Unfortunately, this was only the beginning. The new Cameroonian fleet found itself in the news once again after five Cameroonian flagged tankers were identified loading Venezuelan crude. These tankers were later sanctioned in January 2021 as the Trump administration moved in its final days to introduce new sanctions.
Closing the gap with behavioral intelligence
Following the United Nations Convention on the Law of the Sea (UNCLOS), which came into effect in 1994, flag registries have a responsibility to see that their fleet complies with international regulation. But if fleet growth and class composition are not sufficiently solid flags and adverse media is too late, what can registries do to proactively protect their flag from illegal and sanctioned activities being carried out under its cover?
This is where behavioral intelligence powered by AI and ML can be applied to close the gap and uncover potential indications of vessels involved in illicit activity. In the case of the Cameroonian fleet, its security and compliance risk tells a shady story long before any news outlet. In the span of two years, the fleet’s risk assessment changed radically.
From a border security perspective, the Cameroonian fleet went from an aggregate risk score of 14% due to their behavioral and static indicators in 2018 to 47% in 2019 and 2020, respectively. Given the continued growth of the fleet between 2019 and 2020 and the respective percentage of “risky” vessels, it is clear that “risky” vessels are flocking to the Cameroonian flag.
This is a drastic change both in the aggregate risk score, the absolute number of “risky” vessels, and the ratio of new “risky” vessels registering under the Cameroonian flag. Windward’s security risk is an indicator that border protection and law enforcement agencies look-to to identify illicit activity. Still, regulators and the flag registries themselves can also utilize it to determine how exposed they are to liability for the vessels operating under their flag, thus mitigating the risk and protecting their reputation.
Compliance risk is derived from vessels’ actions in and around sanctioned programs as well as their connections to sanctioned entities and other “risky” vessels. On that end, things looked even worse.
Until 2020, the Cameroonian fleet had 3 sanctioned vessels only one of which was a new addition. In 2020, the tables completely turned with 32 of the 75 new vessels flagged high compliance risk (Windward users should note that risk is calculated dynamically and may change depending on the period examined) due to activities relating to sanctioned programs. Even before sanctions designations or finding their way into the news, these vessels exhibited deceptive shipping practice behaviors matching the OFAC Advisory published in May 2020. In January 2021, the US government sanctioned an additional 3 tankers. Bringing the total Cameroonian flag vessels sanctioned to 6; and 2021 has only just begun.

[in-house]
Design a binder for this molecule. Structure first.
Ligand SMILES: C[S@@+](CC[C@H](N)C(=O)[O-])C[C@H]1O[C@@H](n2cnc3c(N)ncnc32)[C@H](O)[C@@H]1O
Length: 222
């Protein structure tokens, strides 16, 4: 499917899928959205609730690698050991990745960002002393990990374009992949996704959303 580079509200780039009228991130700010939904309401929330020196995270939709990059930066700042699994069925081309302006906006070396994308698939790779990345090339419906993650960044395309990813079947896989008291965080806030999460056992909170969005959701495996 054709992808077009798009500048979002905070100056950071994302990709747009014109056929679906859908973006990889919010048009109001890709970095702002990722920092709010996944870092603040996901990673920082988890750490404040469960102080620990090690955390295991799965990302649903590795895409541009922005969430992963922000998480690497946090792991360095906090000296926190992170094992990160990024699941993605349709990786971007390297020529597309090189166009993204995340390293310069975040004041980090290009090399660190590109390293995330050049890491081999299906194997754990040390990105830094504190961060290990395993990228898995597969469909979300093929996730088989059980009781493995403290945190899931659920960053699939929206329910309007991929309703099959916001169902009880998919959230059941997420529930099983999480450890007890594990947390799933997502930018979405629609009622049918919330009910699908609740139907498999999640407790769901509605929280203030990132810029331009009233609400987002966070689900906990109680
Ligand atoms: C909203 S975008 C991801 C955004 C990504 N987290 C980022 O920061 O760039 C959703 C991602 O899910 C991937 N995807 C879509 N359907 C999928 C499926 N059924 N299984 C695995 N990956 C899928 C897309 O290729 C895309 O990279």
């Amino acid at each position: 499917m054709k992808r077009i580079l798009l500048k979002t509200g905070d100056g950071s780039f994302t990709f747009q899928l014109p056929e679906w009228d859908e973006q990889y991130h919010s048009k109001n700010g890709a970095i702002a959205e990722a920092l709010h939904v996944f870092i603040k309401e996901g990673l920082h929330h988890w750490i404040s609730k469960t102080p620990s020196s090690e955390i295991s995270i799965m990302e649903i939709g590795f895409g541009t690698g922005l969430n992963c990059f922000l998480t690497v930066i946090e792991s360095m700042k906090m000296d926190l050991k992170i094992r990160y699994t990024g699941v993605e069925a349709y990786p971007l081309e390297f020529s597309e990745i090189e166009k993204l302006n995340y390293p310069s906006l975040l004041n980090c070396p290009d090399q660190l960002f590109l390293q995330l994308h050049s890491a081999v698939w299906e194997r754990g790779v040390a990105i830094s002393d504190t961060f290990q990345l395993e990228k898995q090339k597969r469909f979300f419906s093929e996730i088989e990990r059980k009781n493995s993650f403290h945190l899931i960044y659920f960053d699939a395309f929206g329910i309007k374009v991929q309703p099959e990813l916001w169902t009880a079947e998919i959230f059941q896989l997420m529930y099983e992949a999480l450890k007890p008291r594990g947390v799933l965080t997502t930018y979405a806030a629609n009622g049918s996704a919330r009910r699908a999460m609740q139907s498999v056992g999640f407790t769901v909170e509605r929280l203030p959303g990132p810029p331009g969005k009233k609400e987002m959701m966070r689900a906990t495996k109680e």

Keep the flag flying?
Yes, flags of convenience are a contended topic, but like taxes, they serve an economic purpose, and they’re here to stay. While the maritime ecosystem must continue to develop checks and controls, we must recognize that criminals will always find a way and sanctions designations and fines are only part of what we need to minimize risk proactively. To protect themselves, organizations must expand their due diligence approach to go beyond sanctions list screening and be on the lookout for deceptive shipping practices, including:
- Flag fleet behavioral intelligence.
- Fraudulent flag abuse, otherwise known as fraudulent registries.
- AIS spoofing, also known as false flagging.
- Flag hopping – Defined by OFAC as “repeatedly registering with new flag states to avoid detection,” this has become common practice amongst sanctions evaders (More to come on this soon).
- AIS swapping – a recent development and derivative of false flagging, termed by the UN Panel of Experts in its final report and recommendations to the UN Security Council, the Committee, and the Member States regarding sanction violations on the part of the Democratic People’s Republic of Korea; coordinated AIS manipulations on the part of multiple vessels.